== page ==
Should I ditch schwa, and have a more conventional /a i u ɛ o/~/aː iː uː eː oː/ system where also /ɛ ɔ/ function as 'ultra short' forms of /i u/ due to reduction rules (and perhaps can be realised as schwa when unstressed)?


năn cúcŭr /nən kuːkər/ > nan cúcor /nan kuːkɔr/
sĭqqĭra ógŭddah /səqqəra oːgəddaɦ/ > seqqera ógoddah /sɛqqɛra oːgɔddaɦ/ > /ˈsɛqqəra ˈoːgəddaɦ/
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Re: Yay or Nay?

Post by gestaltist » Fri 09 Mar 2018, 23:29

Davush wrote:
Fri 09 Mar 2018, 13:14
Been a while since I did any conlanging. Was just having a look over my Qutrussan notes and I'm increasingly unhappy with the phonemic schwa and its orthography. While the /a i u ə/~/aː iː uː eː oː/ asymmetry is nice, I really don't like stressed schwa and <ă ĭ ŭ> don't seem to fit well with the rest of the orthography and produce ugly looking words, especially when stressed.

Should I ditch schwa, and have a more conventional /a i u ɛ o/~/aː iː uː eː oː/ system where also /ɛ ɔ/ function as 'ultra short' forms of /i u/ due to reduction rules (and perhaps can be realised as schwa when unstressed)?


năn cúcŭr /nən kuːkər/ > nan cúcor /nan kuːkɔr/
sĭqqĭra ógŭddah /səqqəra oːgəddaɦ/ > seqqera ógoddah /sɛqqɛra oːgɔddaɦ/ > /ˈsɛqqəra ˈoːgəddaɦ/
Hey Davush. Glad to see you around again. I prefer the versions with the schwa, to be honest.
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Re: Yay or Nay?

Post by Davush » Sat 10 Mar 2018, 10:31

gestaltist wrote:
Fri 09 Mar 2018, 23:29

Hey Davush. Glad to see you around again. I prefer the versions with the schwa, to be honest.
Thanks gestaltist! Unfortunately real life has annoying way of getting in the way of creative pursuits...hopefully I will be able to be more active soon though.
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Re: Yay or Nay?

Post by ixals » Sat 10 Mar 2018, 15:34

I agree with gestaltist, I really like the schwa in Qutrussan.
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Re: Yay or Nay?

Post by Frislander » Sat 10 Mar 2018, 16:15

I too agree with the schwa, but I'm slightly confused as to what the motivation for the three different romanisations <ă ĭ ŭ> are for?
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Re: Yay or Nay?

Post by Davush » Sat 10 Mar 2018, 17:17

Frislander wrote:
Sat 10 Mar 2018, 16:15
I too agree with the schwa, but I'm slightly confused as to what the motivation for the three different romanisations <ă ĭ ŭ> are for?
The orthography represents a slightly earlier stage of the language and so has some relics. Schwa historically derives from a merger of older /ɛ ɔ/ plus reduction of /a i u/ in certain forms (and the variety just looks better I think).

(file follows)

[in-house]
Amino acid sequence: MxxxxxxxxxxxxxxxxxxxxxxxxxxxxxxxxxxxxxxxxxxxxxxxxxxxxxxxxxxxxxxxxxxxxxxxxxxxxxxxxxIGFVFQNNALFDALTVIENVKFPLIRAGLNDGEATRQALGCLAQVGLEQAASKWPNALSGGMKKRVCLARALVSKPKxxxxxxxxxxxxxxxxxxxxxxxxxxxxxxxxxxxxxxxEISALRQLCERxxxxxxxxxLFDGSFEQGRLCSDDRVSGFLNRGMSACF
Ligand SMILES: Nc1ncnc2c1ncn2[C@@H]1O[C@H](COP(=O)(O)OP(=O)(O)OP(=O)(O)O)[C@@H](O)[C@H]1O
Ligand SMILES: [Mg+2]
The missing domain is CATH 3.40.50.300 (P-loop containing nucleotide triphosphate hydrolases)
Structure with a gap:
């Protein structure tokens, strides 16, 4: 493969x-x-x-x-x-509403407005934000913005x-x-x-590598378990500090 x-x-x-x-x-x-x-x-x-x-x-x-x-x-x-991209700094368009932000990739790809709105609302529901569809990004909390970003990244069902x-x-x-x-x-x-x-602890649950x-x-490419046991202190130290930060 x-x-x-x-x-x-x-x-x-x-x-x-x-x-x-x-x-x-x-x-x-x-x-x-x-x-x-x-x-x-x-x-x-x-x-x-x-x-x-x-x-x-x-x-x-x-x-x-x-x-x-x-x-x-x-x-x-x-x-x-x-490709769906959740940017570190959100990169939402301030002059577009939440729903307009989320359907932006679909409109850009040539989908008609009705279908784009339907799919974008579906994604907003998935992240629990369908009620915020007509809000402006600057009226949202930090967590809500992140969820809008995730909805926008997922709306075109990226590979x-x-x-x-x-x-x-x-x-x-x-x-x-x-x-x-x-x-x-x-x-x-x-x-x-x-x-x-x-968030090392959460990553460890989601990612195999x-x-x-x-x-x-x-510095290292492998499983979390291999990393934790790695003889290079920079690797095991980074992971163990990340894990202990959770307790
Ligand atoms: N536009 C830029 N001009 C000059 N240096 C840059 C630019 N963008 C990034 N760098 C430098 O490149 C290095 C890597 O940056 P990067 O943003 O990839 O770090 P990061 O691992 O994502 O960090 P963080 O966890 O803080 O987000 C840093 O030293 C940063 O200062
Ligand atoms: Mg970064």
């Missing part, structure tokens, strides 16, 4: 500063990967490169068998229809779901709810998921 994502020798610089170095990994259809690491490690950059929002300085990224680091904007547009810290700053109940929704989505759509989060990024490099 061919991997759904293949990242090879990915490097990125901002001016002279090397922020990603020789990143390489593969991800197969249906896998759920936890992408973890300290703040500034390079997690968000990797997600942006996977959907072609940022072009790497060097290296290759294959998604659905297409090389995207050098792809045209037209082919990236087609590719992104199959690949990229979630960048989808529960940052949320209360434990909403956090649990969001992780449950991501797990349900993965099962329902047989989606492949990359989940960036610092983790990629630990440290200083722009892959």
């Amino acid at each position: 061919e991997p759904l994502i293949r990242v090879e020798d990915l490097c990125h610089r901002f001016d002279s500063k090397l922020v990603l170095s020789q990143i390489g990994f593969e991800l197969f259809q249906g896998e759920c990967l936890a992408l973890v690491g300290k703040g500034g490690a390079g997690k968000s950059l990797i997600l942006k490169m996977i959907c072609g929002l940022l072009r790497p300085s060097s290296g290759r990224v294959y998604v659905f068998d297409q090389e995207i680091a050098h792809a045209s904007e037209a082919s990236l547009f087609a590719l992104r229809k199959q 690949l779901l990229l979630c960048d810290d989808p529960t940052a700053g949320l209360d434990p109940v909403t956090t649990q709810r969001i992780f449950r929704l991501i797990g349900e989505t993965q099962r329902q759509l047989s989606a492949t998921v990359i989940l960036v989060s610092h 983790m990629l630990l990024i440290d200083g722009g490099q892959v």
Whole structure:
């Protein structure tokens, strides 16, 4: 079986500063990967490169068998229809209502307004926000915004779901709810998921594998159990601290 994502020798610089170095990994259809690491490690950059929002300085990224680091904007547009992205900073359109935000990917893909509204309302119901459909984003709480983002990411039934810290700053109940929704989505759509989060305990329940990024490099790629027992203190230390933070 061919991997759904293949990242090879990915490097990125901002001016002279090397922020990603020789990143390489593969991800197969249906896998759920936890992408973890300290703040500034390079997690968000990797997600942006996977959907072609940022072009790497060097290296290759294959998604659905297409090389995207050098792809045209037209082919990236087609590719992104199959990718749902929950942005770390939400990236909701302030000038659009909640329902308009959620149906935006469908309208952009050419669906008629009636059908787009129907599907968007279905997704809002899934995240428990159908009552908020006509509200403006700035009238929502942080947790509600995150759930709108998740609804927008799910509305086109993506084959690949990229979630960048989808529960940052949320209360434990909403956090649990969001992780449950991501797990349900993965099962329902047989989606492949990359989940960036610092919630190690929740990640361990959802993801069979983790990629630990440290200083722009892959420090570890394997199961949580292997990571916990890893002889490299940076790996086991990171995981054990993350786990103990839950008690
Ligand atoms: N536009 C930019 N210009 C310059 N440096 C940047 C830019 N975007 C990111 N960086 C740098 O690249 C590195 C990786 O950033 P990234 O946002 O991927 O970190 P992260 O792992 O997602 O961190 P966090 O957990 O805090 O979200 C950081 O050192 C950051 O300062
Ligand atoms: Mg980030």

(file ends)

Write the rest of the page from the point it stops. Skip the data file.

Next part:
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Re: Yay or Nay?

Post by Ahzoh » Sat 31 Mar 2018, 03:34

Should my conlang use reflexive and reciprocal pronouns or stick with verbal prefixes?
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Re: Yay or Nay?

Post by Frislander » Sat 31 Mar 2018, 12:28

Ahzoh wrote:
Sat 31 Mar 2018, 03:34
Should my conlang use reflexive and reciprocal pronouns or stick with verbal prefixes?
Well there are some interesting things you can do with reflexives to do with using them across cause boundaries, for example perhaps to do with logophoricity, like "John said himself killed his uncle" vs. "John said he (i.e. someone else) killed his uncle" (I don't know if this is attested but I can imagine a language working like this). On the other hand using verbal prefixes for everything is cool beans, and woud be perfectly cool too, since in those language which do use affixal strategies for reflexives/reciprocals, they function as valency-reducing voices in the same vein as passives and antipassives.
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Re: Yay or Nay?

Post by Ahzoh » Sat 31 Mar 2018, 16:39

Frislander wrote:
Sat 31 Mar 2018, 12:28
Ahzoh wrote:
Sat 31 Mar 2018, 03:34
Should my conlang use reflexive and reciprocal pronouns or stick with verbal prefixes?
Well there are some interesting things you can do with reflexives to do with using them across cause boundaries, for example perhaps to do with logophoricity, like "John said himself killed his uncle" vs. "John said he (i.e. someone else) killed his uncle" (I don't know if this is attested but I can imagine a language working like this). On the other hand using verbal prefixes for everything is cool beans, and woud be perfectly cool too, since in those language which do use affixal strategies for reflexives/reciprocals, they function as valency-reducing voices in the same vein as passives and antipassives.
Problem with reflexive/reciprocal verbal prefix thing is that it would be a very Semitic thing to do--especially as prefixes and having morphemes for both--which is something I try to reduce in my conlang. Though there are lots of languages with reflexive and reciprocal verbal affixes.

But on the other hand, having reflexive and reciprocal pronouns is also a very English and SAE thing to do as well.

Although I like the idea of reflexive as indicator of logophoricity, I might have a reflexive pronoun as a relic in this regard.
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Re: Yay or Nay?

Post by felipesnark » Sun 01 Apr 2018, 15:16

Ahzoh wrote:
Sat 31 Mar 2018, 03:34
Should my conlang use reflexive and reciprocal pronouns or stick with verbal prefixes?
Why not both? Perhaps the verbal prefixes are mandatory, but the pronouns are used for emphasis or in special situations or phrases that don't have verb? Or in a different clause?
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Re: Yay or Nay?

Post by Ahzoh » Sun 01 Apr 2018, 19:57

felipesnark wrote:
Sun 01 Apr 2018, 15:16
Ahzoh wrote:
Sat 31 Mar 2018, 03:34
Should my conlang use reflexive and reciprocal pronouns or stick with verbal prefixes?
Why not both? Perhaps the verbal prefixes are mandatory, but the pronouns are used for emphasis or in special situations or phrases that don't have verb? Or in a different clause?
The verbal prefixes would come from the pronouns being grammaticalized.
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Re: Yay or Nay?

Post by Dormouse559 » Sun 01 Apr 2018, 23:02

Ahzoh wrote:
Sun 01 Apr 2018, 19:57
The verbal prefixes would come from the pronouns being grammaticalized.
That shouldn't be a barrier. The Romance languages formed both independent pronouns and clitics from the same stock of Latin pronouns.
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Re: Yay or Nay?

Post by Ælfwine » Wed 04 Apr 2018, 01:18

Hey guys. So I am changing the name of my Romlang, Pelsodian, to Castellian, based around the fact that many nearby Dalmatian languages also take their name from the city they are from. such as Ragusean from Ragusa. (In my example, it is from the modern Hungarian city of Keszthely, which would be from <CASTELLUM.) My only worry is that it becomes too close to the name "Castilian." This is formed from the same suffix -ianu in Vulgar Latin, so I thought about using another suffix, like -icu (Castellic) or -esis (Castellese), or perhaps another suffix if you guys know any. What do you think is the best choice?